FCC Providers must meet and follow the USDA guidelines for food and nutrition. Providers will post their weekly Menus for Parents; so Parents can see what will be served during the day to their child.
Parents are always welcome to visit their provider’s home during business hours and to participate in field trips and other program events. There is a Parent Advisory Board that meets quarterly. Opportunities for parents to attend sessions on parenting skills are offered. Topics address children birth through 12 years in FCC and older ages at other CYS programs.
FCC providers are private contractors. They will set up an Interview with the parents to go over the contract and requirements/ policies (health, outdoor, fieldtrips, child abuse reporting etc.). A monthly fee is charged according to the DoD Fee Policy, which can be paid once a month or bi-weekly.
An important goal of our FCC program is to help parents select the FCC home that will meet the needs of both the child and the family. This way the child feels “at home” even when he/she is not a home. Parents can go to work without to worrying “how their child is doing”.
Wow, right?!?! At the time (back in Kansas) I didn't really want to work, but the hubs was pressuring me to work(dual income is much much better, obviously) but I am stubborn and since he was going about it in a not so nice way, I fought to not work. Now, it's different. Well, maybe the only thing that's different is my mindset. My Zachy ( who I am not ready to let go of) is off to KINDERGARTEN the end of next month. Mikey will be in SECOND grade. That leaves only me and my Toodie. Why wouldn't I want to do this?? I was struggling with the idea of putting Hailey in daycare ( not b/c of the care itself, but because I wouldn't get to be with her) when I first started thinking and looking around for a job.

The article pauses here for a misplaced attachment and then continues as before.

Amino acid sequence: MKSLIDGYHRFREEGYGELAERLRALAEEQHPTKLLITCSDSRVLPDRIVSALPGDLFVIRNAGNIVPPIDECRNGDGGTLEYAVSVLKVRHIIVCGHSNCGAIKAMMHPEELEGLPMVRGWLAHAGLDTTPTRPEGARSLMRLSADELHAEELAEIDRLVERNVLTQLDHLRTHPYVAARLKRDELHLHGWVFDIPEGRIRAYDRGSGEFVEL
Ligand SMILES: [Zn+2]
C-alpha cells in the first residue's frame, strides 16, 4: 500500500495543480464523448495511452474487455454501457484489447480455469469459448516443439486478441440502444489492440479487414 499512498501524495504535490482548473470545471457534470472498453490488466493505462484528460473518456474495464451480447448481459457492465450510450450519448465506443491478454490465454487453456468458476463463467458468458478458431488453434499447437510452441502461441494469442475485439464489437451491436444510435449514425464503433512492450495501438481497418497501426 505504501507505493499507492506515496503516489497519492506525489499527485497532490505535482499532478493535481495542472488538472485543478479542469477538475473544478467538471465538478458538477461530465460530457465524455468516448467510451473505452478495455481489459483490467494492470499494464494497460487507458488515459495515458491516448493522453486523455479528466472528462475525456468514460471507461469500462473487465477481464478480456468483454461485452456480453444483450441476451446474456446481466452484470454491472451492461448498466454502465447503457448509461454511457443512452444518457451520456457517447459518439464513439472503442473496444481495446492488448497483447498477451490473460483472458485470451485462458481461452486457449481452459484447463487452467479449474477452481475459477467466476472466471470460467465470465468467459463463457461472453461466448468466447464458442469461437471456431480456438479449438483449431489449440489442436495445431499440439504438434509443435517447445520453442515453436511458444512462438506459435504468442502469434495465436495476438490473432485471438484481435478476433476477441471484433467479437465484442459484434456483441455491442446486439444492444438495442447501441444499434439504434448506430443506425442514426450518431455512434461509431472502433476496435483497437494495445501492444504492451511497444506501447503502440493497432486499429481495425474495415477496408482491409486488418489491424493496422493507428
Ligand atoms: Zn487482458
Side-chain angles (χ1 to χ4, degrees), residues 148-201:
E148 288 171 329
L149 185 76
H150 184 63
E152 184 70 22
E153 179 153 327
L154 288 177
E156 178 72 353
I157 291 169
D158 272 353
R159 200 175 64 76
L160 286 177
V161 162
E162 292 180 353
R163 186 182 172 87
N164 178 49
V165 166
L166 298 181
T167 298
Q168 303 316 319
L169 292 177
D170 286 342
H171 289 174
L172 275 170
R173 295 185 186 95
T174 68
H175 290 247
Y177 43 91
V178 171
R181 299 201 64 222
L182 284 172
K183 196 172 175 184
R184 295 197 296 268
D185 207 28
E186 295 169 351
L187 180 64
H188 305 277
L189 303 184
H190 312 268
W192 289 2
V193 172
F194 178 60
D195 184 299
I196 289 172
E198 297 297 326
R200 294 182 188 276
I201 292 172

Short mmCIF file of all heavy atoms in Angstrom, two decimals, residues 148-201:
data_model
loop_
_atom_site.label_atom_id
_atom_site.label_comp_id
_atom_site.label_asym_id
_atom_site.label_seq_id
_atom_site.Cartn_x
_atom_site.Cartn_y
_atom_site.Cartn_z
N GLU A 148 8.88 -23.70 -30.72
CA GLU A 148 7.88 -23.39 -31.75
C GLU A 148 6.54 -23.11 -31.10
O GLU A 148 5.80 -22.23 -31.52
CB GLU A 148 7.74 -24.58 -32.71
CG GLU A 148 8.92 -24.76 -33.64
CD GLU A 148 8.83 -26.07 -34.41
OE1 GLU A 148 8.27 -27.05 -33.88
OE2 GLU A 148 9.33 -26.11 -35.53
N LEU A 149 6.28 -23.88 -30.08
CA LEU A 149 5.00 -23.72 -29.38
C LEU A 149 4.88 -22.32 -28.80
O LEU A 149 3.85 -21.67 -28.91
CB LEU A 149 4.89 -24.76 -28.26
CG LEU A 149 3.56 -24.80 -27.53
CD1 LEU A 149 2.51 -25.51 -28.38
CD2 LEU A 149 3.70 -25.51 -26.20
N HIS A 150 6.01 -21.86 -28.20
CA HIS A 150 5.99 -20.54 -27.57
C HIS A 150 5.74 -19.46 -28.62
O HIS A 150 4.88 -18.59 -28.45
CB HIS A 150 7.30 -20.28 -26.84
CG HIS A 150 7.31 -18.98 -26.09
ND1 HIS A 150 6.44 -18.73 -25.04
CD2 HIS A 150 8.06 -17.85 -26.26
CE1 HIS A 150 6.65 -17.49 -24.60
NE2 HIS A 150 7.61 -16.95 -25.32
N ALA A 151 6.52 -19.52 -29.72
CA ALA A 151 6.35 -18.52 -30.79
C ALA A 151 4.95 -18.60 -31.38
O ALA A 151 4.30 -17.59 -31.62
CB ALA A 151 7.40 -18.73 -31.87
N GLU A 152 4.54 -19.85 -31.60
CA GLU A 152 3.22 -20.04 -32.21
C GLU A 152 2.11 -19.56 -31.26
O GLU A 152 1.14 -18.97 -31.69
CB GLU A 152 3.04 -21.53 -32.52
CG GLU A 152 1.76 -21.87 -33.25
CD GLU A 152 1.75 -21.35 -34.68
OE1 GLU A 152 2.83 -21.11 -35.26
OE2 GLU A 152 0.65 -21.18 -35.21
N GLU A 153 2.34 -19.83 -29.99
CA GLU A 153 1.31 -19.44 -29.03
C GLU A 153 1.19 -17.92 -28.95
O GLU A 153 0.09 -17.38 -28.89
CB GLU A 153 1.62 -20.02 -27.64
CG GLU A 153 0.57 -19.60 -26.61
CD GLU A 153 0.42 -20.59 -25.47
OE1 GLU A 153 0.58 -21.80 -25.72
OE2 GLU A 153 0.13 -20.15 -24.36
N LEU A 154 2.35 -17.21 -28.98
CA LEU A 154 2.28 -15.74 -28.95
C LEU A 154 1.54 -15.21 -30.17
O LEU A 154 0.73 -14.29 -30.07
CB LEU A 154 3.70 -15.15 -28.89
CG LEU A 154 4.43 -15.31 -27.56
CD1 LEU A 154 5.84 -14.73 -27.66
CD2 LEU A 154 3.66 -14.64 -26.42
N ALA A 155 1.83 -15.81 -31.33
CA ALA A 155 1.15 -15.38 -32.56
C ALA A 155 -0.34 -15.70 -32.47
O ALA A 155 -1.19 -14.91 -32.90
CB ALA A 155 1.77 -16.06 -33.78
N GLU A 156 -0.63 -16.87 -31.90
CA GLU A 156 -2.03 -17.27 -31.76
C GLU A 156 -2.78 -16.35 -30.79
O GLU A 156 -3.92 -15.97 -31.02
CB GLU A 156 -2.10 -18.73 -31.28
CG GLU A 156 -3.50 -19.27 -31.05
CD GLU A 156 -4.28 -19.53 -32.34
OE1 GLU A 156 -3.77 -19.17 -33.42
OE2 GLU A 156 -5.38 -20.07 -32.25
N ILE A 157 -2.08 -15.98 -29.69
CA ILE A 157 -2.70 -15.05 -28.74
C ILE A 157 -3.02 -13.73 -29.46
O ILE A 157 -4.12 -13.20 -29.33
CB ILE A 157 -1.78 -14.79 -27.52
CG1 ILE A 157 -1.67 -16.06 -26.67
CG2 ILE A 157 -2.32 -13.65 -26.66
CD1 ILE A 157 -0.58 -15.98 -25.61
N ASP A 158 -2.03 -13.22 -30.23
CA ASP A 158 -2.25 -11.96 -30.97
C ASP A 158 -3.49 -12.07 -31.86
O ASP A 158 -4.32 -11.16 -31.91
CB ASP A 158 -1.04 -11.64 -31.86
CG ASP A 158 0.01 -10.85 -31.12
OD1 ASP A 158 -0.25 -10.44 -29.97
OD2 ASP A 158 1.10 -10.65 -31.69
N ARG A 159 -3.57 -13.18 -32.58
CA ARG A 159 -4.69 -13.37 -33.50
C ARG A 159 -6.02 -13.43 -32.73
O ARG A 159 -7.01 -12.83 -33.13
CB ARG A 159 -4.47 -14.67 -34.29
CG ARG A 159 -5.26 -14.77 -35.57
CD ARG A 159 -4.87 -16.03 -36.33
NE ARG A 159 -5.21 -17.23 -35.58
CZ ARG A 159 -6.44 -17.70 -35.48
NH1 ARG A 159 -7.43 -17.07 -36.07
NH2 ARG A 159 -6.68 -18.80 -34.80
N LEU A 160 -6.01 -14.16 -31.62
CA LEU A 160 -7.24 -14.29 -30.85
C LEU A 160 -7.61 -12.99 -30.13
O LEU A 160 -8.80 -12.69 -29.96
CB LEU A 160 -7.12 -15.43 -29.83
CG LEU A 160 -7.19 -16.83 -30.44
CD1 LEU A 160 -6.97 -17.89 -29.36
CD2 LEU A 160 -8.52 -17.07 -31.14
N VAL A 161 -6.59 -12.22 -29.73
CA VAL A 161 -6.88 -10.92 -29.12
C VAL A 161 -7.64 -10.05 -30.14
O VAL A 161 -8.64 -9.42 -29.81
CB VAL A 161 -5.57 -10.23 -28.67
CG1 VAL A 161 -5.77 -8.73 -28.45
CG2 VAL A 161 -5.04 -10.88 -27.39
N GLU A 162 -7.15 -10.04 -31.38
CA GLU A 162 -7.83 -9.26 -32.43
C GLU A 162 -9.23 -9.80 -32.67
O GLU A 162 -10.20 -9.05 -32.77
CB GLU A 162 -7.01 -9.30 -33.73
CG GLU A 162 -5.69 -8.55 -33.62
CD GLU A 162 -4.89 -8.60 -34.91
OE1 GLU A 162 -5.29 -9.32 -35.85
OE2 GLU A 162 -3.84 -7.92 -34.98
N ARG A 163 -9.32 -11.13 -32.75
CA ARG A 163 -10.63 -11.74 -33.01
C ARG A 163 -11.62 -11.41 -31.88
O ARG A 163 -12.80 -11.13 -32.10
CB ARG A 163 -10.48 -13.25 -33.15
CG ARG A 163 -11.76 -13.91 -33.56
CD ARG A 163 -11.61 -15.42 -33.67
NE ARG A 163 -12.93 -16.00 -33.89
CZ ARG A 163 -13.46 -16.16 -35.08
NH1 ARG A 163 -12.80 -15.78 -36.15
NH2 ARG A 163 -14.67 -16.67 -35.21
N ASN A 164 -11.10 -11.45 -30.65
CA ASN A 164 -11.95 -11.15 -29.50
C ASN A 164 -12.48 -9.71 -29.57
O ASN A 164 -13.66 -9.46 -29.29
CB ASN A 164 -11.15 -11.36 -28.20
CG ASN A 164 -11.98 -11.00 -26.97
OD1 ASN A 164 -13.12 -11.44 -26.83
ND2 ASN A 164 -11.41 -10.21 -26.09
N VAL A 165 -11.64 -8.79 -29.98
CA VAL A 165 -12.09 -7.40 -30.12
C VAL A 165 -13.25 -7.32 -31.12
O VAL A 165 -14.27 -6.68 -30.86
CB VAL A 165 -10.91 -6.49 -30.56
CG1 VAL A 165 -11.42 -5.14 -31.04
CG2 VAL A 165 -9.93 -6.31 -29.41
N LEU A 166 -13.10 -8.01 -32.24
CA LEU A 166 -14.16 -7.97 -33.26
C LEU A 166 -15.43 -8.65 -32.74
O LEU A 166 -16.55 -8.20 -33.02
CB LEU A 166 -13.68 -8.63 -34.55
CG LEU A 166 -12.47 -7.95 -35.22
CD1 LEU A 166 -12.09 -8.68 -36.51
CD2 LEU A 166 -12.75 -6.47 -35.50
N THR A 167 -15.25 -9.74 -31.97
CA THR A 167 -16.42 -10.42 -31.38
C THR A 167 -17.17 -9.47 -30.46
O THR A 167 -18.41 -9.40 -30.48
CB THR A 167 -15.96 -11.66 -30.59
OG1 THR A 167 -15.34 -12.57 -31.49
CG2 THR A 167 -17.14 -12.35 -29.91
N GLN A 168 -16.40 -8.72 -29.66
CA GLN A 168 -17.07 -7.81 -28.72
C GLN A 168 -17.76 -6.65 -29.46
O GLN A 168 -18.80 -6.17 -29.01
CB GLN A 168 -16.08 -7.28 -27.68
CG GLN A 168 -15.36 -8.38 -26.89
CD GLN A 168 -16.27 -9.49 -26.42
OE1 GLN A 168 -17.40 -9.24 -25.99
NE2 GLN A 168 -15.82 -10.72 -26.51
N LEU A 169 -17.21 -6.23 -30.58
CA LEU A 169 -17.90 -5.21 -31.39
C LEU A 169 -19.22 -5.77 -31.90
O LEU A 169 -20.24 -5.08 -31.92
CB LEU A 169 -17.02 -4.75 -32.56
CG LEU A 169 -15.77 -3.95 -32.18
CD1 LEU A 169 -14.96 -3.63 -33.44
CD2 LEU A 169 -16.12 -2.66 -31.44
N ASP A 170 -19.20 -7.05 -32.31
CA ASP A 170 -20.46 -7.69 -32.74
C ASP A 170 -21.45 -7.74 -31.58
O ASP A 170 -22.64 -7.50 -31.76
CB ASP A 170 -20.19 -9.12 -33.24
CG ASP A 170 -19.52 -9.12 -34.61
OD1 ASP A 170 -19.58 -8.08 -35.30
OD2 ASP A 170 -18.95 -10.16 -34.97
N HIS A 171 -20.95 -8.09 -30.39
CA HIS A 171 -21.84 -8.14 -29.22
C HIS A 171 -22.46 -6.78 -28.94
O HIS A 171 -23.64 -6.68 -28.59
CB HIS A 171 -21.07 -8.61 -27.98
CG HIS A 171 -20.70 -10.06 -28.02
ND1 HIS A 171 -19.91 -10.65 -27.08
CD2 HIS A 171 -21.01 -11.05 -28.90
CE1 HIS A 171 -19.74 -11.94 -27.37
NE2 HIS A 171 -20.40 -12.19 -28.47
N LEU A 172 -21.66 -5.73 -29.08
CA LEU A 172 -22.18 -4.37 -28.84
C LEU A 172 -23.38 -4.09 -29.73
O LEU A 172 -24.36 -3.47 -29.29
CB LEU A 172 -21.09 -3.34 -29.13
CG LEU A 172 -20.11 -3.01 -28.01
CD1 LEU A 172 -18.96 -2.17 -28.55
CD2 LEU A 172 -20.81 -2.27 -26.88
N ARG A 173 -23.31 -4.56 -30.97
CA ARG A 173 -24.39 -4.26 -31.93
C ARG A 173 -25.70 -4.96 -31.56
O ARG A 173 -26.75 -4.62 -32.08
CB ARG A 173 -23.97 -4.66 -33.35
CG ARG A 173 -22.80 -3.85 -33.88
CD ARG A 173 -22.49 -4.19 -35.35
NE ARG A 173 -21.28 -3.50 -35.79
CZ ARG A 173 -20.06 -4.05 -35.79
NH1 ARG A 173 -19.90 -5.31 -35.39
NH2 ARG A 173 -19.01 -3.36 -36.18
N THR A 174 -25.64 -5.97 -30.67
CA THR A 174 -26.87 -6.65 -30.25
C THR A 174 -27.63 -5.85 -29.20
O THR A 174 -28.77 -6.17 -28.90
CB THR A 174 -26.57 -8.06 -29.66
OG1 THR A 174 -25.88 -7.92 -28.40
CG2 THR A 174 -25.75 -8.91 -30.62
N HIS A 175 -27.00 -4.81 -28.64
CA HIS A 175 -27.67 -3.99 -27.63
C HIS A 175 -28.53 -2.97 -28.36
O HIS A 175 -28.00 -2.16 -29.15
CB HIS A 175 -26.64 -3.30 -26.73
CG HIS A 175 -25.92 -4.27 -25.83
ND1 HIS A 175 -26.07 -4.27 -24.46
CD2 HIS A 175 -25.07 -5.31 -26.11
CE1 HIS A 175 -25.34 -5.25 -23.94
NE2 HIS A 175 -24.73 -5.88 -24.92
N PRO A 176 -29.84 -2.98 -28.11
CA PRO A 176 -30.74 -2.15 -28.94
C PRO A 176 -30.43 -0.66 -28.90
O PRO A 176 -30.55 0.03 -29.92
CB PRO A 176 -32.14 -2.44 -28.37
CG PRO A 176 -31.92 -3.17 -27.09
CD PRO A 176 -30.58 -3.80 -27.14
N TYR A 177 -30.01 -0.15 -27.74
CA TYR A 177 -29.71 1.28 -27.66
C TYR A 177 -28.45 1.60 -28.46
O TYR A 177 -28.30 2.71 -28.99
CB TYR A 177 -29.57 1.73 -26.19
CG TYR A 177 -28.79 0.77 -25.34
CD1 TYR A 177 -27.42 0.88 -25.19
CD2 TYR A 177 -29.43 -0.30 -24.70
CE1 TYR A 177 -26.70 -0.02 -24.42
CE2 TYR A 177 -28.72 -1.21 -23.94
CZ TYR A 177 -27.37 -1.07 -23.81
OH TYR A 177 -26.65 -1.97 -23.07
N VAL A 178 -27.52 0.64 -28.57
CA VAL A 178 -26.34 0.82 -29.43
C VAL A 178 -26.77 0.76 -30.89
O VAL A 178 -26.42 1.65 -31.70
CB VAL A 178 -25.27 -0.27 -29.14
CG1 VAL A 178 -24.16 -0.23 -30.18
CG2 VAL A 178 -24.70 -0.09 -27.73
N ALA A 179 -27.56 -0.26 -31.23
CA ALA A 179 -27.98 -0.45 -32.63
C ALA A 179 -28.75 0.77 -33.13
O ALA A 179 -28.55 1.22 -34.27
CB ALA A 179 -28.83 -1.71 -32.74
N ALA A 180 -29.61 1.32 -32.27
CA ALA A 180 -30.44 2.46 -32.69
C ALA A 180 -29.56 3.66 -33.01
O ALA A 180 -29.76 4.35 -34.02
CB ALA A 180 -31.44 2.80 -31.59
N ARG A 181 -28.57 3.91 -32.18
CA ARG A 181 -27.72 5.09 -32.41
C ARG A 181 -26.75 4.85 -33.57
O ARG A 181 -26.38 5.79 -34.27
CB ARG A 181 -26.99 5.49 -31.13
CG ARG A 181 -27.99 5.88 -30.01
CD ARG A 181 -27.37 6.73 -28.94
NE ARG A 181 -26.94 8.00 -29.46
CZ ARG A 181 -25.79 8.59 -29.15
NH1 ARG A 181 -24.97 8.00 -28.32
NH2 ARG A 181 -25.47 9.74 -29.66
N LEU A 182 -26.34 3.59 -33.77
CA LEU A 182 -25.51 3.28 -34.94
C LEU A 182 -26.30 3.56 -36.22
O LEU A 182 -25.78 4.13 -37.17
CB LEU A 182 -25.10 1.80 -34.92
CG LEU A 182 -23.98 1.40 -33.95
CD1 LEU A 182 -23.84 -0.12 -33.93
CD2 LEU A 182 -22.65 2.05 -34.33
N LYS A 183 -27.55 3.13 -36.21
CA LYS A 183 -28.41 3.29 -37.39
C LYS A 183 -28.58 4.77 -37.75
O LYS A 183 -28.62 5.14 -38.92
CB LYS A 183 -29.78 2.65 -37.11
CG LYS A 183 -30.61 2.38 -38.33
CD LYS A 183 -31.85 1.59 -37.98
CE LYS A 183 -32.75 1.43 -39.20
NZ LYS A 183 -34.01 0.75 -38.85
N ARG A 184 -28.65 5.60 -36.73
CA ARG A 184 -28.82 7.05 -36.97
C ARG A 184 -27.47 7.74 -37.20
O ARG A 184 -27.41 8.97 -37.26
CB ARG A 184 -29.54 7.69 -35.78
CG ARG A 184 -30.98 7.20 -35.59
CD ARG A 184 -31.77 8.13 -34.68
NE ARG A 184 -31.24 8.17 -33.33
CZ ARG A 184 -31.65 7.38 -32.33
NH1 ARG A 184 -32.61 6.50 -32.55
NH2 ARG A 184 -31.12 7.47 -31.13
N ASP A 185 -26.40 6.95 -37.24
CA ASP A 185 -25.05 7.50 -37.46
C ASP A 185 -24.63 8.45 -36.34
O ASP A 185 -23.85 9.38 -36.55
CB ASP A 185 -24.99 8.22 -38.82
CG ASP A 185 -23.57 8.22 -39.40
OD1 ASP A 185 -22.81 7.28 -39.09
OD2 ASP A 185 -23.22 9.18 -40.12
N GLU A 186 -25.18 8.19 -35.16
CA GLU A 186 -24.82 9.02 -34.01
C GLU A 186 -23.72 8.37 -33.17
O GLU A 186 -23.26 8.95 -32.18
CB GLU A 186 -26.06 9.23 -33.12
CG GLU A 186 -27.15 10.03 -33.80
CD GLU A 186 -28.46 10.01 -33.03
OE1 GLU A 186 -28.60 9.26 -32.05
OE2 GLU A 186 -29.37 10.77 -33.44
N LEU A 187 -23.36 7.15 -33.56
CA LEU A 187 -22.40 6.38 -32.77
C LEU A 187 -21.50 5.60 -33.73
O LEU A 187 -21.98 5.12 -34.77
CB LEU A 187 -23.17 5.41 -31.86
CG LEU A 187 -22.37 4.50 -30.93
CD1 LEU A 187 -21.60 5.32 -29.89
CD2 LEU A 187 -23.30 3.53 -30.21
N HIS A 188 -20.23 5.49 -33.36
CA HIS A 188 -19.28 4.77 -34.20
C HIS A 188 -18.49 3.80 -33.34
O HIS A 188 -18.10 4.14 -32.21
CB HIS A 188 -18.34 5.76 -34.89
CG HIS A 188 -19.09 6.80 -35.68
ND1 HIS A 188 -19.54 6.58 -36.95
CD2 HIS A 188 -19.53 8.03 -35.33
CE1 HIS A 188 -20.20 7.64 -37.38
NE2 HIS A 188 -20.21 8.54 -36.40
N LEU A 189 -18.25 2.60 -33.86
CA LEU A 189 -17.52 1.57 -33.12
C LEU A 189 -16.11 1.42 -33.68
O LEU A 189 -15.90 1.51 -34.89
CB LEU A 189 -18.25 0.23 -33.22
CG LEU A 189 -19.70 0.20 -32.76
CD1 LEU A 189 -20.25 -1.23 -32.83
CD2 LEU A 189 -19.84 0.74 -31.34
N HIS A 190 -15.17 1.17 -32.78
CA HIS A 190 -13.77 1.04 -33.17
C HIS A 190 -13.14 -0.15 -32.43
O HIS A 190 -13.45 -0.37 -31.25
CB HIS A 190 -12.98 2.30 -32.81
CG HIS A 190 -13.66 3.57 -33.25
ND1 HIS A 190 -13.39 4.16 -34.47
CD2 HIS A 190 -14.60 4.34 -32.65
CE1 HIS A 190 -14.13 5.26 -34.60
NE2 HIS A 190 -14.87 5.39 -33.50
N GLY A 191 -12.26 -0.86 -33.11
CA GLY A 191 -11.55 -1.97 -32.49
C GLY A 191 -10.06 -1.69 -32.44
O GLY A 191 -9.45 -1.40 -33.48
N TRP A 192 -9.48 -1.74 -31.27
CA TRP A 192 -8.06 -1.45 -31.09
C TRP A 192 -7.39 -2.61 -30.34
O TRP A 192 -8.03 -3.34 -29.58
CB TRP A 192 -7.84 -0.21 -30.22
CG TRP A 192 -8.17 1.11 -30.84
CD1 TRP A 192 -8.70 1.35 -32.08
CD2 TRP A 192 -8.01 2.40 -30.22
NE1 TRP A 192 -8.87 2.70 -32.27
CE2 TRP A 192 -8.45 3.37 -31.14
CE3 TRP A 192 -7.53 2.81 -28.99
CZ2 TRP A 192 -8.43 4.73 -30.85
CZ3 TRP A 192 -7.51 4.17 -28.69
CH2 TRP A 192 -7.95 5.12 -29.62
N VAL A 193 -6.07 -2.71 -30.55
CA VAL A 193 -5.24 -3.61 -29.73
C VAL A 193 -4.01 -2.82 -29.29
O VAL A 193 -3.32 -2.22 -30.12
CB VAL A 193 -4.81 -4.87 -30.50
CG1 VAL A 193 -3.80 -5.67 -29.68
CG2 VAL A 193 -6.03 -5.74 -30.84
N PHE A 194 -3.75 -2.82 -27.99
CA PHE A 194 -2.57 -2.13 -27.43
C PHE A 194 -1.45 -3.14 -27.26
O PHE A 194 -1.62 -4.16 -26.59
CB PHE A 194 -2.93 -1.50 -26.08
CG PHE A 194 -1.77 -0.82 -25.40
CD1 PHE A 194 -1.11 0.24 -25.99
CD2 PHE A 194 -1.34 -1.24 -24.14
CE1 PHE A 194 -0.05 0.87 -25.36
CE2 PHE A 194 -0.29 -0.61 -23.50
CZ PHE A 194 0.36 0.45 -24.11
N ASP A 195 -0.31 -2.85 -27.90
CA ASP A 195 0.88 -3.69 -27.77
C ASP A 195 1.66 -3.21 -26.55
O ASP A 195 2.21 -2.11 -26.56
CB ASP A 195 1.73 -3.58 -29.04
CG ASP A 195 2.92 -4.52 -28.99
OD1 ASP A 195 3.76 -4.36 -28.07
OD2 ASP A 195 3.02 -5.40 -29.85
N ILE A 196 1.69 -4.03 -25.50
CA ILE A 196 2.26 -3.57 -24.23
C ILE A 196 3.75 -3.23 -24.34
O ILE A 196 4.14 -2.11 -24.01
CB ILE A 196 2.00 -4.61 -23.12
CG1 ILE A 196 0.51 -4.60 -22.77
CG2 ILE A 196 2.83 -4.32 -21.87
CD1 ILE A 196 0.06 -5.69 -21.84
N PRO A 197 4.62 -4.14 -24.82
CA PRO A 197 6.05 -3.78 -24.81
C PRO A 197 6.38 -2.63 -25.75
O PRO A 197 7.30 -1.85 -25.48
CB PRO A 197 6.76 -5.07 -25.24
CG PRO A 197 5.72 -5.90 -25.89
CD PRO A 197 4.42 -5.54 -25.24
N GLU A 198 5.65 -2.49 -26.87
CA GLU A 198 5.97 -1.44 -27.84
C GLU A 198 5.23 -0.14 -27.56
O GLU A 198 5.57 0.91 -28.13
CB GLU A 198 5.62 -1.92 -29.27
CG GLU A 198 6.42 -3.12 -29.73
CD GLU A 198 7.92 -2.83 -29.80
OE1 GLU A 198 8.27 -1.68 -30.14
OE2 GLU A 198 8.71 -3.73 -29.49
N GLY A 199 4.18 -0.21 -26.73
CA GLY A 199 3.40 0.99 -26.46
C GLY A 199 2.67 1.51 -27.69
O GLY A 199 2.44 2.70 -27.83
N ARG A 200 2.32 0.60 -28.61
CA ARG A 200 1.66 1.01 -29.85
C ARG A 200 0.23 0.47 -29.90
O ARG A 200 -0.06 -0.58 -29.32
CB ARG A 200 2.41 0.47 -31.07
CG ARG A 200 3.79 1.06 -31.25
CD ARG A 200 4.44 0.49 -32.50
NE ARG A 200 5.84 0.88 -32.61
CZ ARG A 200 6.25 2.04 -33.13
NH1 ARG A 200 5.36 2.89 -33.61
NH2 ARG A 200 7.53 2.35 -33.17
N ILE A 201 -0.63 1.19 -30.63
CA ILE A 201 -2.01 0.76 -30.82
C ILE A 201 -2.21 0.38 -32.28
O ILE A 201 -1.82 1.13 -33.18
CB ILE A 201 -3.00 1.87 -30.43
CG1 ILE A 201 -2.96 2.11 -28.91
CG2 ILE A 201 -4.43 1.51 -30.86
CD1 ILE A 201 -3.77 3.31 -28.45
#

This, to me is the perfect soultion.
Anyone who knows me, knows I love kids. I LOVE to clean and I am very organized. (ask the hubs...he can attest to my list and chart making capabilities!)
It's a perfect fit in my book. I am not worried about all the surprize inspections and and that stuff.
What I am worried about (which I am finally getting out after going off my original point) is two things.
1. The Schooling
In order to become provisionally certified, I must complete 40 hours of training.CPR, child abuse, tec.
Then throughout the year complete more classes and modules to help me with the daycare.
I just need to know I am going to be super duper busy, which will be fine. I am a worry wart about things I don't know about, and because I have no clue what to expect, Im worried. but I know that once I get in and get going. all will fall into place.
I love decorating and all that comes with it. I know that my house will need to be "baby-proofed" in order to run the daycare. I know that I will have to move my things. Here's where my problem lies. I love the look and FEEL of my house and I am afraid that in order for me to run this daycare, I will have to get rid of the things that make my place feel cozy.
Boo Hoo, right?!?!?! Will someone please just tell me to shut the heck up and stop whining already!?!?!
Im sure it will all fall into place.
Im super excited and cannot wait to get going.
Are any of you FCC providers out there? Do you know of any personally? Got any tips or inside stuff you wanna share???
Anyways, thanks for stopping by and reading this super duper long post!